Australian cities are growing in population as a result of international migration, internal migration, and births outnumbering deaths. But which of these factors are most at play in different parts of the country?
Thanks to ABS publishing data on the components of population growth with their Regional Population Growth product, we now have estimates of births, deaths, internal/international arrivals, and internal/international departures right down to SA2 geography for 2016-17 and 2017-18.
This post aims to summarise the main explanation for population change in different parts of the country.
This post isn’t much about transport, but I hope you also find the data interesting. That said, it’s possible that immigrants from transit-orientated countries might be more inclined to use public transport in Australia, and that might impact transport demand patterns. We know that recent immigrants are more likely to travel to work by public transport than longer term residents, but that probably also has a lot to do with where they are settling.
How is population changing in bigger and smaller cities?
First up, I’ve divided Australia into Capital Cities (Greater Capital City Statistical Areas), Large regional cities (Significant Urban Areas with population 100,000+, 2016 boundaries), small regional cities (Significant Urban Areas, with population 10,000 to 100,000, 2016 boundaries ) and “elsewhere”.
Here’s a chart showing the total of the six components of population change in each of those four place types. I’ve animated the chart (and most upcoming charts) to show changes in the years to June 2017 and June 2018, with a longer pause on 2018.
There were significant internal movements in all parts of Australia (shown in green) – even more so in 2018. These include people moving between any SA2s, whether they adjacent within a city or across the country.
International arrivals and departures were much larger in capital cities and there were more arrivals than departures in all four place types. International arrivals declined between 2017 and 2018, while international departures increased slightly between 2017 and 2018.
Births also outnumbered deaths in all place categories in both years.
Here’s a look at the larger capital cities individually:
The chart shows Sydney, Perth, and Adelaide had more internal departures than arrivals. These cities only grew in total population because of natural increase and net international immigration. Melbourne and Brisbane had a net increase from internal movements in both 2017 and 2018, while Canberra has been a lot more even.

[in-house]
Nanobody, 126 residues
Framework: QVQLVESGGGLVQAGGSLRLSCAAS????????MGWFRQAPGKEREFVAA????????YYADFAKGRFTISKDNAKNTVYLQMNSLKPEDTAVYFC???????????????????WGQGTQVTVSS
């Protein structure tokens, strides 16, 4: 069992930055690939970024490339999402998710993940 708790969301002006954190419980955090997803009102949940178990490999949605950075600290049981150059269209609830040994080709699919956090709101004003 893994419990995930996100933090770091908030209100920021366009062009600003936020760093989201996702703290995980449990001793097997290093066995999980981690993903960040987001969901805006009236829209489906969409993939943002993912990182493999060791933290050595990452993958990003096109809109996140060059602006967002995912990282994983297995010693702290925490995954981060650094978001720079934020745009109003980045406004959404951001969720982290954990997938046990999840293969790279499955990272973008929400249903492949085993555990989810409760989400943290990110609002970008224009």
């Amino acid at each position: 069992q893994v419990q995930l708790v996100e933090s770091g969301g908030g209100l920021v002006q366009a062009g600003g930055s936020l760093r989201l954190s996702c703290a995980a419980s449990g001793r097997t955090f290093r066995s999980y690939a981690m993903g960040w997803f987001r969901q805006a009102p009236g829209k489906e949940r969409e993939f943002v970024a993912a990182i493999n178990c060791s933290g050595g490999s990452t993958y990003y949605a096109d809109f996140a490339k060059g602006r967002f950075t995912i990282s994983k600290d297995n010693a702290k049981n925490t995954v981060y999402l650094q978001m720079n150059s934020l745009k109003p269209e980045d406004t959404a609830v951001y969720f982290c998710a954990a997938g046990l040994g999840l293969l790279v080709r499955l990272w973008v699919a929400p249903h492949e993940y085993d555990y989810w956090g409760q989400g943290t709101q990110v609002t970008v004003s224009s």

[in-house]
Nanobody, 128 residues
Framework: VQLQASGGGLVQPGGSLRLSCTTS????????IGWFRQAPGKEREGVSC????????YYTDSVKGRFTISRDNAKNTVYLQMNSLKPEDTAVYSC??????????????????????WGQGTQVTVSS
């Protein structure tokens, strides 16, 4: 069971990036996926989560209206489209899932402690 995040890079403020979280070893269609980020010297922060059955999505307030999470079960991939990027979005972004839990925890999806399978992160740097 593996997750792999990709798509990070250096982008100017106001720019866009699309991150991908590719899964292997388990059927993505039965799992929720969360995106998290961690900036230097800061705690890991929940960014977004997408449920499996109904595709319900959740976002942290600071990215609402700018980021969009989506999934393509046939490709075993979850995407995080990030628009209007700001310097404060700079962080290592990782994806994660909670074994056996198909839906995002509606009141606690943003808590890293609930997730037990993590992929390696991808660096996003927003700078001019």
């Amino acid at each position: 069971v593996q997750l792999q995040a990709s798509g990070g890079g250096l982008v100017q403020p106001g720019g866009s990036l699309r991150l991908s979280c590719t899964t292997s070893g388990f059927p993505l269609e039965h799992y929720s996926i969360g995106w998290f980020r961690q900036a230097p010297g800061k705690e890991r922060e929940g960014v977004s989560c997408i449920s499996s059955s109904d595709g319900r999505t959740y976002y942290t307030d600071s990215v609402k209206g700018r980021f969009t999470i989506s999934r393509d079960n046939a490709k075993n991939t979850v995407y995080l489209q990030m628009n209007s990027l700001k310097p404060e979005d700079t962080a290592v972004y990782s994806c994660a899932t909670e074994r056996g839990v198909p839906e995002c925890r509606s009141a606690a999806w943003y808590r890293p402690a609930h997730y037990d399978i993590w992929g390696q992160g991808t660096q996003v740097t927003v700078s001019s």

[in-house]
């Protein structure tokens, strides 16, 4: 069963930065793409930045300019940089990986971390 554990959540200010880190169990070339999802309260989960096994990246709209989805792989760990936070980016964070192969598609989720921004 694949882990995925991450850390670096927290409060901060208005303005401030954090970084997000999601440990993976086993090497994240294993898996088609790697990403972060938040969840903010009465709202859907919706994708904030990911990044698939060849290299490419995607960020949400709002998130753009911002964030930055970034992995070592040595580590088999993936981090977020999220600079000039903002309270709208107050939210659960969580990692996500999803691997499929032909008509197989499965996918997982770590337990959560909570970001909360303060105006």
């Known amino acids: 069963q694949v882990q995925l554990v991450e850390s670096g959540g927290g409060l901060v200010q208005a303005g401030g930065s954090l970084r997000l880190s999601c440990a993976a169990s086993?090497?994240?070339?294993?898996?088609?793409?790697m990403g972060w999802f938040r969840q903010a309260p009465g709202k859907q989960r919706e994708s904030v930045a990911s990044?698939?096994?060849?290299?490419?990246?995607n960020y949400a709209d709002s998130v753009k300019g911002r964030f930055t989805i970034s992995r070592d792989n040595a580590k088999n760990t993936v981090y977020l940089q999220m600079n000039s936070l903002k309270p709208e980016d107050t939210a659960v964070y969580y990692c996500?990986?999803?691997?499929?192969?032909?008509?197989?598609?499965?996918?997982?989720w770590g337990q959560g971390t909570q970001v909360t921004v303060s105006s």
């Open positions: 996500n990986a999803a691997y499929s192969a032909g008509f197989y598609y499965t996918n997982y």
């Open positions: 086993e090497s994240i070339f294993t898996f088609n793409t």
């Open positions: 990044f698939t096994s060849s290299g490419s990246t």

International arrivals outnumbered international departures and births significantly outnumbered deaths in all cities. Melbourne and Canberra were the only cities to see a significant increase in international arrivals between 2017 and 2018.
Here is the same chart but for medium sized cities:
Again, there were much larger volumes of internal migration in 2017-18 compared to 2016-17.
The Gold Coast is the only medium-sized city to have significant volumes of international movements. The fast population growth of the Gold and Sunshine Coasts is mostly coming from internal arrivals.
What is the dominant explanation for population change in different parts of Australia?
As mentioned the ABS data goes down to SA2 statistical geography which allows particularly fine grain analysis, with six measures available for each SA2. However it is difficult to show those six components spatially. They can be consolidated into three categories: net natural increase, net internal arrivals/departures, and net international arrivals/departures, but that is still three different metrics for all SA2s.
One way to look at this is simply the component with the largest contribution to population growth (or decline). Here is a map showing that for each SA2 in Melbourne:
You can see that international arrivals dominated population growth in most inner and middle suburbs, while internal arrivals dominated population growth in most outer suburbs. There are also some SA2s where births dominated (often low growth outer suburbs).
This representation is quite simplified, and doesn’t show what else might be happening. For example, here is a summary of the population changes in Sunshine for the year to June 2018:
Overseas arrivals dominated population growth (net +313), but the otherwise hidden story here is that they were largely offset by net internal departures of 279.